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How about a baseball announcer who calls a good game well?

Dear Mr. Colangelo:

I have been a big fan of yours for many years. I appreciate what you've done with the Phoenix Suns over the years and you've obviously done masterful things with the world champion Arizona Diamondbacks, a delightful collection of unselfish athletes, each of whom who will do whatever it takes to help the team succeed. Because you have provided an average sports fan such as myself so many wonderful moments, I would like to repay the kindness and offer my services.

I am hereby offering to serve as the sidekick/analyst on the radio and TV broadcasts of any and all future Diamondbacks games. I can start immediately. I know what you're thinking; we've already got one of those and his name is Rod Allen. But, Mr. Colangelo, I've just always assumed that you've been so busy building that Empire in the Desert that you can't possibly oversee every aspect of your operation.

It's quite obvious, for example, that you haven't had the time to listen to Mr. Allen talk. If you had, you would have cut him off faster than Bruno Kirby did when Robin Williams was doing that off-color Nixon thing in Good Morning, Vietnam.

You're probably wondering why you would want to trade Allen for me. After all, he did play pro baseball. Yes, but he played for the Detroit Tigers. I played for the Cochise College Apaches. That makes the two of us about even. And I also have athletic kids that I could use precious air time to brag about instead of focusing on the game. However, I can offer you one thing that Allen apparently cannot.

I speak English.

Well, maybe not English English, but I at least speak American English. That puts me several laps ahead of Allen.

I'm one of those guys who grew up listening to ballgames on the radio. Having grown up in Southern California, I was blessed to have the late Chick Hearn doing Laker games and the God-like Vin Scully doing the Dodgers. While Hearn's frenetic pace and emotions-on-his-sleeve approach was perfect for an up-tempo sport like basketball, so too was Scully's smooth-as-butterscotch voice and folksy charm perfect for the laid-back game of baseball.

How many nights did I go to sleep with a transistor radio under my pillow, listening to Scully paint a work of art with his voice? (And back then, transistor radios were about the size of today's microwave ovens, so you can say that radio made an impression on me, not to mention my posture.)

Scully's delivery was perfect. Not once in all those years did I ever feel that he was talking too much. No one would have blamed him if he had fallen in love with the sound of his own voice. Heck, everybody else loved it. Instead, he was spare with his words and he kept his emotions in check so that if he did marvel at a play, we all knew that it truly had to have been something at which to marvel.

Kids used to gather at the playground to discuss the highlights of the previous night's game and, more often than not, to discuss and recount Scully's descriptions thereof. I have no doubt that this ritual was repeated in many other parts of the country, with many wonderful announcers, including Detroit's Ernie Harwell and the late Jack Buck in St. Louis.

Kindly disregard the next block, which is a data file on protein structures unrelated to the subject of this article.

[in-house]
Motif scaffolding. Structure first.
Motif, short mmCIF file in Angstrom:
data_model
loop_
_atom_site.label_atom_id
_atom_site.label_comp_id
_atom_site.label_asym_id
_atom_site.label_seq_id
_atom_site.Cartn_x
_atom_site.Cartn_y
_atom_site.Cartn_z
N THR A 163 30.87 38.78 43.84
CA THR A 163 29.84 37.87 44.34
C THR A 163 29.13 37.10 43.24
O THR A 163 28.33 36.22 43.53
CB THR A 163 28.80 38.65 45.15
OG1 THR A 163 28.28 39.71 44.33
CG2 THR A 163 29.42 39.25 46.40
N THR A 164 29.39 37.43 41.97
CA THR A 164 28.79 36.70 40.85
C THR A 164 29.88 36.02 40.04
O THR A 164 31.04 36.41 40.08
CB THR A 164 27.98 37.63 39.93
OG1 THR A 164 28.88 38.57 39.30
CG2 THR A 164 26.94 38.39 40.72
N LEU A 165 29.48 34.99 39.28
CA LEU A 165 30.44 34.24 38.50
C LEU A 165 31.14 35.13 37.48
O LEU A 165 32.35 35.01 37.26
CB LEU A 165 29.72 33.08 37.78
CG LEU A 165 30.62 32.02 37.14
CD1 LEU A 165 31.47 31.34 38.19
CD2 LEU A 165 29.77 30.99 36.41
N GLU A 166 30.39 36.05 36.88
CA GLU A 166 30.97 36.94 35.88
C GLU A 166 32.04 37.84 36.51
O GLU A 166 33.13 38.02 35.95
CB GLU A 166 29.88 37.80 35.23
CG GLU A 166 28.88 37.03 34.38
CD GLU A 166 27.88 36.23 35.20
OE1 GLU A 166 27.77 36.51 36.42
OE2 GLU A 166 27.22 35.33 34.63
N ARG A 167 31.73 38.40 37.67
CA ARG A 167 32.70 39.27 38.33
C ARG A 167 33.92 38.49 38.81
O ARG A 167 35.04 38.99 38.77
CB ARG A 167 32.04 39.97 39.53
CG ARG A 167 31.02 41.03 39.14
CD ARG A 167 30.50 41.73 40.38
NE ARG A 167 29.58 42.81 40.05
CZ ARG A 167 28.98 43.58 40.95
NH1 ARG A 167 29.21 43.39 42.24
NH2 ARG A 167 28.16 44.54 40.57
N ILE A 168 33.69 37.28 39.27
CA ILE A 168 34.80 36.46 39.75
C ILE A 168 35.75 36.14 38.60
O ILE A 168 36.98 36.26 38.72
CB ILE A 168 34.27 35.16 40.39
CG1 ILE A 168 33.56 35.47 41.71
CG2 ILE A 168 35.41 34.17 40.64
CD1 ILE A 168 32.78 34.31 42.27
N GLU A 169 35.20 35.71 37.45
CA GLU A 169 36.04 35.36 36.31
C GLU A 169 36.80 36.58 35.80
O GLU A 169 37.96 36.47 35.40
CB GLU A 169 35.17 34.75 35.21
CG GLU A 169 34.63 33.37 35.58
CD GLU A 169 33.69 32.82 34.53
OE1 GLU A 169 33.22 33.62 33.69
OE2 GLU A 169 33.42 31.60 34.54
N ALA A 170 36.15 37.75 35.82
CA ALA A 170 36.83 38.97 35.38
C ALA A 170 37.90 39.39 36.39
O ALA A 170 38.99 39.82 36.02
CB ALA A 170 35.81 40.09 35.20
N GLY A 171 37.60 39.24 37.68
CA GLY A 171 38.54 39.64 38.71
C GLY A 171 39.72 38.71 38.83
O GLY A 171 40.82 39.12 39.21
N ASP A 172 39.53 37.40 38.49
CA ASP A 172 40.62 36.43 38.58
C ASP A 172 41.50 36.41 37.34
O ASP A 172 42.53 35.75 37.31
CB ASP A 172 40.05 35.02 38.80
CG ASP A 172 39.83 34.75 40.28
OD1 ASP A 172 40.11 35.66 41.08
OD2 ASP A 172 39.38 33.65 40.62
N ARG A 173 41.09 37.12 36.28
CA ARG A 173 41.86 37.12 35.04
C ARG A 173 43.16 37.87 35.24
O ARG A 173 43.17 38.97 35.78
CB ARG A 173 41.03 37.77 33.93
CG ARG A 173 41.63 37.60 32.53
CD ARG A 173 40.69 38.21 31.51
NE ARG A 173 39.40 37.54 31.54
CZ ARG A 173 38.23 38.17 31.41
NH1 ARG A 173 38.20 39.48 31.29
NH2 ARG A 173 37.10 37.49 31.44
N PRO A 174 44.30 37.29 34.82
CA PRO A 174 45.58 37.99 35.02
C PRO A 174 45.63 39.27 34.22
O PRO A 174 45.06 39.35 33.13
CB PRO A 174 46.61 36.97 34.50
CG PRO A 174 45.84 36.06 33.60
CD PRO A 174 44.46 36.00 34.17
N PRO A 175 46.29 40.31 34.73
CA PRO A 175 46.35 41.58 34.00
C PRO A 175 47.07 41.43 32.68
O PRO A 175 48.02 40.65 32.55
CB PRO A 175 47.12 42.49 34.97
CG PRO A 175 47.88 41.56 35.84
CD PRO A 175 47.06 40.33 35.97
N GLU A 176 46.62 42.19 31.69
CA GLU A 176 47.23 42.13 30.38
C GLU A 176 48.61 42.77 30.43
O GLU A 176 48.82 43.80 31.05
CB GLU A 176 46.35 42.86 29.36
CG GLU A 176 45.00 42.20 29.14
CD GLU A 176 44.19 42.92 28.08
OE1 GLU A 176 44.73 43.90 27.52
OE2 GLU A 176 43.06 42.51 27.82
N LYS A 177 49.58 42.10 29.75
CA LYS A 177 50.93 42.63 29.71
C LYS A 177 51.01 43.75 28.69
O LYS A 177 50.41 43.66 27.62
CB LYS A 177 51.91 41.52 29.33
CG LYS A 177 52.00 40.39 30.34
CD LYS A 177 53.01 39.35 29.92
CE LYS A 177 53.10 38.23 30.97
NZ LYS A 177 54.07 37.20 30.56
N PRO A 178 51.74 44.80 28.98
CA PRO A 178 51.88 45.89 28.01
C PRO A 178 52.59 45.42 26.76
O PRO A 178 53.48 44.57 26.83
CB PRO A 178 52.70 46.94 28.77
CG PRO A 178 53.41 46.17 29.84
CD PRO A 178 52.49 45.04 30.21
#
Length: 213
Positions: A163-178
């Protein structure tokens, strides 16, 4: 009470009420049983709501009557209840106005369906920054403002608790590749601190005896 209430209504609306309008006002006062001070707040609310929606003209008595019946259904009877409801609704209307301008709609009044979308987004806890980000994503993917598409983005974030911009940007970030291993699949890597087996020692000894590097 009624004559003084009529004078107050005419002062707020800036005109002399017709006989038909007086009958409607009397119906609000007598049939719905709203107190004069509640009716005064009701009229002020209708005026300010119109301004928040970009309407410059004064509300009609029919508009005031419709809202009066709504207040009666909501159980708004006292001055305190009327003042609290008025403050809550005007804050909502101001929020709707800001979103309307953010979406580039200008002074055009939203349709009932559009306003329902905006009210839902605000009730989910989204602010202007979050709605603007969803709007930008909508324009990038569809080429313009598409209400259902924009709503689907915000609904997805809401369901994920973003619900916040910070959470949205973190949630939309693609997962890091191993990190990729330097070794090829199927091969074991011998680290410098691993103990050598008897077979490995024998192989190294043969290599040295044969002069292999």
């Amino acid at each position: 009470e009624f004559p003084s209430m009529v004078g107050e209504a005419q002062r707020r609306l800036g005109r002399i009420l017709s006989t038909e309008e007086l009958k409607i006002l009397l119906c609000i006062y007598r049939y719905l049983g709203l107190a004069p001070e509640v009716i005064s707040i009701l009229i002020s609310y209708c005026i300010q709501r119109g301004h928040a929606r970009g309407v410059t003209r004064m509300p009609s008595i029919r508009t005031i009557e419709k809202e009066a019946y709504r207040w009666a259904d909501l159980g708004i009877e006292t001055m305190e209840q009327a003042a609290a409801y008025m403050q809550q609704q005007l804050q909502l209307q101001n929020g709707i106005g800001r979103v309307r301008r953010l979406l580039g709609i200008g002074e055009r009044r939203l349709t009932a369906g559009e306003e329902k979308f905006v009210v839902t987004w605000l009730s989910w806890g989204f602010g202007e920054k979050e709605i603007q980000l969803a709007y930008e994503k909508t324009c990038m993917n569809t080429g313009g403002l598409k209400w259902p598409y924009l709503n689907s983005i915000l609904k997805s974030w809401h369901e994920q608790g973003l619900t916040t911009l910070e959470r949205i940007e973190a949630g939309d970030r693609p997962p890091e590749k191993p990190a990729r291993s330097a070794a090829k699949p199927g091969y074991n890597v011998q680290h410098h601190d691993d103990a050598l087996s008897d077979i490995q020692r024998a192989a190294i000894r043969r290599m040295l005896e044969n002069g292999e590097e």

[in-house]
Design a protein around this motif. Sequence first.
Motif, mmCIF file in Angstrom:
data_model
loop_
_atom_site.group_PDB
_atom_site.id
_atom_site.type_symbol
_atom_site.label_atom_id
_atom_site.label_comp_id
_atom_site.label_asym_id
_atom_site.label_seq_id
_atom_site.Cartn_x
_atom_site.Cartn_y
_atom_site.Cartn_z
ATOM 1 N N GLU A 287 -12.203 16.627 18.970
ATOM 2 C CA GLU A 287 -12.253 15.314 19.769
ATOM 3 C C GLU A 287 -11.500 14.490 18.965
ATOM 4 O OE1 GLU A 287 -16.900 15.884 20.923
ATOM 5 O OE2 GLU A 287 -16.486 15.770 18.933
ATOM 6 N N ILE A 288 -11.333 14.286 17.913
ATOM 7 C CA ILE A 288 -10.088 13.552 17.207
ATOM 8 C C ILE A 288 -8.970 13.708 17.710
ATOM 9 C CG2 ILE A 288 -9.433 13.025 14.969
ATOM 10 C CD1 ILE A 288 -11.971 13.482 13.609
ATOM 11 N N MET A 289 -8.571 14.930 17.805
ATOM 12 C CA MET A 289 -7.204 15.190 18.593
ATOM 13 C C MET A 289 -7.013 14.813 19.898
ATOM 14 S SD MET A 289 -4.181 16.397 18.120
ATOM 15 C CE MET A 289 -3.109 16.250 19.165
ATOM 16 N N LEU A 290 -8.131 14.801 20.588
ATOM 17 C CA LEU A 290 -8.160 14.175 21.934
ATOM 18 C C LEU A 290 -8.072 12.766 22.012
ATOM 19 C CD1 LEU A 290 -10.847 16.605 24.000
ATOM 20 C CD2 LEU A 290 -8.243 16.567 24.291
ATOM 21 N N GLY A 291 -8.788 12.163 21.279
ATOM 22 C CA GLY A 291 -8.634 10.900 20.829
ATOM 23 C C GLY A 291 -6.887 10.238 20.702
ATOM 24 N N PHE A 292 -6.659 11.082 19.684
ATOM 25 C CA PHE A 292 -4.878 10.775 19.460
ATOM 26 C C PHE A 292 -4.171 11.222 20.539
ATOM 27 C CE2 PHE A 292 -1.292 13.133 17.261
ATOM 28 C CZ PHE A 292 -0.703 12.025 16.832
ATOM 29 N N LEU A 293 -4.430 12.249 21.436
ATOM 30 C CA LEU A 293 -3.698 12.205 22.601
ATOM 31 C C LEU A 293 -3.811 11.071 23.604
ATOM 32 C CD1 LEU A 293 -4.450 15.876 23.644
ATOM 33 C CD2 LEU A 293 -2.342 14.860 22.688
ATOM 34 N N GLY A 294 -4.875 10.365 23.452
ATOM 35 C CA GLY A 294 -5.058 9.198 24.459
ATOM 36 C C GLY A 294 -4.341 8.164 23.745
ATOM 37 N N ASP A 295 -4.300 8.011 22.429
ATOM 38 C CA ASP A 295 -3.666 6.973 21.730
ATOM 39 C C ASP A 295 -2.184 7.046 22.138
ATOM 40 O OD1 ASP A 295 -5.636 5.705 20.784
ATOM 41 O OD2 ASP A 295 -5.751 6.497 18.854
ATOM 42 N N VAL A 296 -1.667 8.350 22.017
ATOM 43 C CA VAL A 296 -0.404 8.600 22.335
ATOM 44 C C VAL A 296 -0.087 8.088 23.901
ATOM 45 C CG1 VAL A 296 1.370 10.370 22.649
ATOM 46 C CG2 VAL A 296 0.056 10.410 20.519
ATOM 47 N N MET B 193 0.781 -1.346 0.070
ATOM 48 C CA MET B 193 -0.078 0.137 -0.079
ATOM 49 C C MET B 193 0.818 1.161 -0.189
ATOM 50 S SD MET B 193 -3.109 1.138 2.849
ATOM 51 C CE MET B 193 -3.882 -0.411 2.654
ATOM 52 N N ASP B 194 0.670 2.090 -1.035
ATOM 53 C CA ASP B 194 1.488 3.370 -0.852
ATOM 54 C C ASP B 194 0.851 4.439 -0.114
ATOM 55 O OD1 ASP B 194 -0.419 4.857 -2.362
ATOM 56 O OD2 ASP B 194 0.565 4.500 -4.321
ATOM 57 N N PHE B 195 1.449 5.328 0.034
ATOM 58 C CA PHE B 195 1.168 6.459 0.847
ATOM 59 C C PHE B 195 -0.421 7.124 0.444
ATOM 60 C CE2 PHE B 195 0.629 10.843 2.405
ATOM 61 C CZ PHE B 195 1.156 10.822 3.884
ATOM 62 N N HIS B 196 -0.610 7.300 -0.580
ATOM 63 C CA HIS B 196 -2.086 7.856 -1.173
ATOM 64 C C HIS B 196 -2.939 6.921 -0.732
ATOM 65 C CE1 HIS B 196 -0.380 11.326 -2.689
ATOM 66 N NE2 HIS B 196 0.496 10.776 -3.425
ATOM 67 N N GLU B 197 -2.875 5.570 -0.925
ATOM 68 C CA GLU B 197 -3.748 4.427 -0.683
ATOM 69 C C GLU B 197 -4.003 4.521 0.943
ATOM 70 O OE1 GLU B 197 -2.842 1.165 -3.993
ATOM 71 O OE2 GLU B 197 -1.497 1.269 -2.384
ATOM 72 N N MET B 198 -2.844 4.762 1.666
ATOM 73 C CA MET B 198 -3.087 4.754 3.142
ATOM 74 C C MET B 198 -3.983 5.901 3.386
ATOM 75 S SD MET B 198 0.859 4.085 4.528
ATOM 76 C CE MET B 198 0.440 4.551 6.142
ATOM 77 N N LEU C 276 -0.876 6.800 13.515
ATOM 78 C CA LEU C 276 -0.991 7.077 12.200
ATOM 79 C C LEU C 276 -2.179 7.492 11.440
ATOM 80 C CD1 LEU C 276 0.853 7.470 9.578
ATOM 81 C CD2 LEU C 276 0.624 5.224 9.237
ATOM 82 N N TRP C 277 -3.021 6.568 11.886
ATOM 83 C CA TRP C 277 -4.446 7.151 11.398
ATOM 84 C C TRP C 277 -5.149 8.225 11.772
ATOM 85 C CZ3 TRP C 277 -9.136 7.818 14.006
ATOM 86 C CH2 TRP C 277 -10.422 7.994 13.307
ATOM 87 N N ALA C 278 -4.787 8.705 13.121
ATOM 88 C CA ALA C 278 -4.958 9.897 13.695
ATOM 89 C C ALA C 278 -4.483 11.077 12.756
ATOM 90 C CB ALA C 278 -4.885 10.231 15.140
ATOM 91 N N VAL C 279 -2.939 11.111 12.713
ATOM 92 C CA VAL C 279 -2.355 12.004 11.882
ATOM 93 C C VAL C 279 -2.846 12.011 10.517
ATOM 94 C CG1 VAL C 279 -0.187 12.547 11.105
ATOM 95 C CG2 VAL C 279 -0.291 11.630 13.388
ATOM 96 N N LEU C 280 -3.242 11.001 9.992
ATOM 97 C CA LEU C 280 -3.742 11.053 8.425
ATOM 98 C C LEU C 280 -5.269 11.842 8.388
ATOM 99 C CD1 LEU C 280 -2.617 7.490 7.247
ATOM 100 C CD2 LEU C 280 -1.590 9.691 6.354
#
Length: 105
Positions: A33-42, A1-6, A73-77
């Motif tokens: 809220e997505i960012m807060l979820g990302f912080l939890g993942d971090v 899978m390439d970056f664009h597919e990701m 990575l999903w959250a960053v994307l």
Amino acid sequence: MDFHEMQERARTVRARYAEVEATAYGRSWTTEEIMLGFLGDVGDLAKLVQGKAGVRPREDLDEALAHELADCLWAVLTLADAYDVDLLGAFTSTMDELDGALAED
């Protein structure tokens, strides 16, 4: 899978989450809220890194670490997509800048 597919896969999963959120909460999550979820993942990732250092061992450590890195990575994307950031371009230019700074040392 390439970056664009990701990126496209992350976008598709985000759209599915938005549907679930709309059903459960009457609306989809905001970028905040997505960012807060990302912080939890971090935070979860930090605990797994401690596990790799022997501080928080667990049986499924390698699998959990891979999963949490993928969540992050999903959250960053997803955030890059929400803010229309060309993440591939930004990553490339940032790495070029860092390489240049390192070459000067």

I am part of that generation that has seen both sides of baseball. We worshiped it as children and then we didn't so much drift away as we were pushed away by greedy players and short-sighted owners. To this day, we can't quite get it out of our systems, despite the pettiness and ugliness that defines today's game. I can't help it; when I get in my car on a hot summer night, I tune to a ballgame, settle in for the trip and then scream myself hoarse every time Rod Allen opens his yap and butchers the language.

Now, I know that there is only one Vin Scully. But this guy isn't even Vin Diesel! (Or Vinnie Barbarino, for that matter.) It would at least be nice if you had someone on the radio who didn't speak as though he barely got his G.E.D. and then, when he talks about it, does so in such a way that it rhymes with "bed."

In just part of one game last week, Allen uttered all of the following (and more):

"He shoulda went back to first."

"Boy, when we went to that restaurant last night, they really treated you and I really well."

"That pitch really sunk."

"Gonzales had came up on the ball ... "

"If the Braves hadn't did that double play ... "

He brags about how his kid plays on some best-that-money-can-buy "All-Star" traveling team, like anybody actually gives a crap. Even more annoying is his insistence on referring to Erubiel Durazo as "Ruby." Durazo has always been known as "Eru" (pronounced Eh-doo). That's what Durazo was called at Amphi High, at Pima College and when he played in Hermosillo. But Allen insists on calling him "Ruby." Why not call him "Nancy?" Or "Shoulda went?"

You might think that this could be touchy, since Allen is one of a dozen or so African-Americans who actually live in the Valley of the Sun. But race has nothing to do with this; being functionally illiterate does. And don't let him plead ebonics, either. As it turns out, the whole ebonics thing was just a college prank perpetrated by the staff at the Harvard Lampoon and then picked up by the idiotic media.

I'm your man, Mr. Colangelo. I know the game; I know the fans; and I know the language. Of course, this may all be moot if baseball commits mass suicide in the next few days. Then, I'll move on to football, you can get to work fixing the Suns and Rod Allen can sit around muttering, "Boy, they never should have went on strike."

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